Saturday, January 14, 2006

communicating with the elderly

Nearly all individuals experience some degree of sensory loss as they age, whether it be in taste, touch, sight, hearing, or sensitivity to pain (pain threshold). Of these diminished senses, the loss of hearing is very common in later life. It stands next to arthritis as a chronic condition (90 percent of the U.S. population experiences some degree of joint degeneration by the age of 40). About 30 percent of the population over age 65 has a hearing impairment, with males, at about 34 percent, leading females, at about 25 percent. While hearing aids and training can do much to alleviate hearing difficulties, they do not always eliminate them. Nor do aids overcome other problems that can affect communication-problems of poor eyesight; the speed of speech that an older person can comprehend; difficulty in distinguishing tones; weakened power to transmit messages by speech; and physical weakness following illness.
Awareness that the older person may experience a variety of communication problems can do much to improve family and personal relationships. Simple measures often help, as by turning down the radio or TV during conversation, standing before the person or leaning close when talking, slowing down one's rate of speech, and enunciating carefully and clearly.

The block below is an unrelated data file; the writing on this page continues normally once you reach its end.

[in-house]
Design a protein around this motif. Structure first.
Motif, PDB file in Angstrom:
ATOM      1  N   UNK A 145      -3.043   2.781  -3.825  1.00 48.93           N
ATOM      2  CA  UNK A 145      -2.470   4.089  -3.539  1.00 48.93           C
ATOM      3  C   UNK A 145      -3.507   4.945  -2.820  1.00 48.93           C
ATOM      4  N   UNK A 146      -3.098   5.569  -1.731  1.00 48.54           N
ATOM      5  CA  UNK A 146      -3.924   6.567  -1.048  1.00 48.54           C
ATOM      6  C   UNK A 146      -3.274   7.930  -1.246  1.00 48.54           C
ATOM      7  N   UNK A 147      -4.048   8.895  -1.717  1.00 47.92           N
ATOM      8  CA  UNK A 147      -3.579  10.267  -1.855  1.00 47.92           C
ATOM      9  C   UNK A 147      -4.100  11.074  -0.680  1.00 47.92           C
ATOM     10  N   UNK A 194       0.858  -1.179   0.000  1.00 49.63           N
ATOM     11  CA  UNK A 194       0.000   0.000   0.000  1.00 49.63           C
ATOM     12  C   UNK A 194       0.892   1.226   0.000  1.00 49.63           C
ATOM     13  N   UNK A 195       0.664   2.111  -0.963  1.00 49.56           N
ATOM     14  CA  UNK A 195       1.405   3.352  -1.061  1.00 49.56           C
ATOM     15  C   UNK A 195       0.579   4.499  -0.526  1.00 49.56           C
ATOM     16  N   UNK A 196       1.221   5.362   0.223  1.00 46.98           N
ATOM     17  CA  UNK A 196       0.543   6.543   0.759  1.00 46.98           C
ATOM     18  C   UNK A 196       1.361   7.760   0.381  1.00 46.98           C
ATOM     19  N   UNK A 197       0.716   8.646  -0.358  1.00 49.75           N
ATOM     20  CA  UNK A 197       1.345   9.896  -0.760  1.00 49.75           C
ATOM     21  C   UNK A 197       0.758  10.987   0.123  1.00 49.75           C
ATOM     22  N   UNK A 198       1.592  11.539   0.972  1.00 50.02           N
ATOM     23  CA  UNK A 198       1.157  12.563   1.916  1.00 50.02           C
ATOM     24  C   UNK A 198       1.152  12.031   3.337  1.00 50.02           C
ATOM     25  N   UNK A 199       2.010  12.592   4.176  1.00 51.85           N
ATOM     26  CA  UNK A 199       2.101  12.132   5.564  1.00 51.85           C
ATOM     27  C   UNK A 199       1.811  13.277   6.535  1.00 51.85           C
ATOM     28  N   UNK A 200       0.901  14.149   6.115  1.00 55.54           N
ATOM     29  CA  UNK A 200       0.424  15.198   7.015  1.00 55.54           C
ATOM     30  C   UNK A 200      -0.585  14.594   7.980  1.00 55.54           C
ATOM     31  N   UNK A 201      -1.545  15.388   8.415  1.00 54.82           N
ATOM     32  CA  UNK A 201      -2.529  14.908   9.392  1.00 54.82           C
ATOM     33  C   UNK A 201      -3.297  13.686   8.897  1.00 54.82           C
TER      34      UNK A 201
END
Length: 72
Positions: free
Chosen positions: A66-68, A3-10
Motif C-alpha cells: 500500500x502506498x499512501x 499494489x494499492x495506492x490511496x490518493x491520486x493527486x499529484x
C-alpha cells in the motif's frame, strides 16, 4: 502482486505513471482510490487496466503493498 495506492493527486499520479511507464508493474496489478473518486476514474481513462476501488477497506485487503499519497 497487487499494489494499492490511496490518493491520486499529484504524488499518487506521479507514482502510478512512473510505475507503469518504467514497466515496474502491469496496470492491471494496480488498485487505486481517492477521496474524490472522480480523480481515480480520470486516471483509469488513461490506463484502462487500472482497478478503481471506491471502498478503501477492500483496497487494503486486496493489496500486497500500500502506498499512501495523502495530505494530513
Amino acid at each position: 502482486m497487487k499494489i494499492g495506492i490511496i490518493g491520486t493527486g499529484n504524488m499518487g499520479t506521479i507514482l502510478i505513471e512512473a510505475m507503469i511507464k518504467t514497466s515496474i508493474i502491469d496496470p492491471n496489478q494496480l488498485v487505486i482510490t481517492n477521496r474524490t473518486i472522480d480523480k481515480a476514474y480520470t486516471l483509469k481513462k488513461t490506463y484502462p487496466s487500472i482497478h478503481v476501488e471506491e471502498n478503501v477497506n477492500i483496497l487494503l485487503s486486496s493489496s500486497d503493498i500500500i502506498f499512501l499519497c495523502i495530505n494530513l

Raising one's voice can help also, but this practice requires good judgment because older people who may be quite deaf to high tones can often hear deep tones perfectly clearly. Under such circumstances loud shouting should be replaced with a deeper voice pitch, which will avoid a sharp reprimand from the older person-"Stop shouting at me! I'm not deaf!" Some individuals shout at old people because the old tend to respond slowly.
This impulse should be curbed because the slow response may not be due to deafness but to the slower rate at which the elderly process and respond to information mentally. Planning conversational topics before visits can help, especially so if an older person is disoriented or senile. It is also well to focus conversation on routine subjects-the time of day, the day of the week, the weather, and doings and visits of friends and family members. Nor is there any need to feel discomfort over gaps or even long conversational silences; sometimes just sitting quietly by or gently touching an older person are the best forms of communication.
Gillies, J. A Guide to Caring for and Coping with Aging Parents. Nashville: Thomas Nelson Publishers, 1981.


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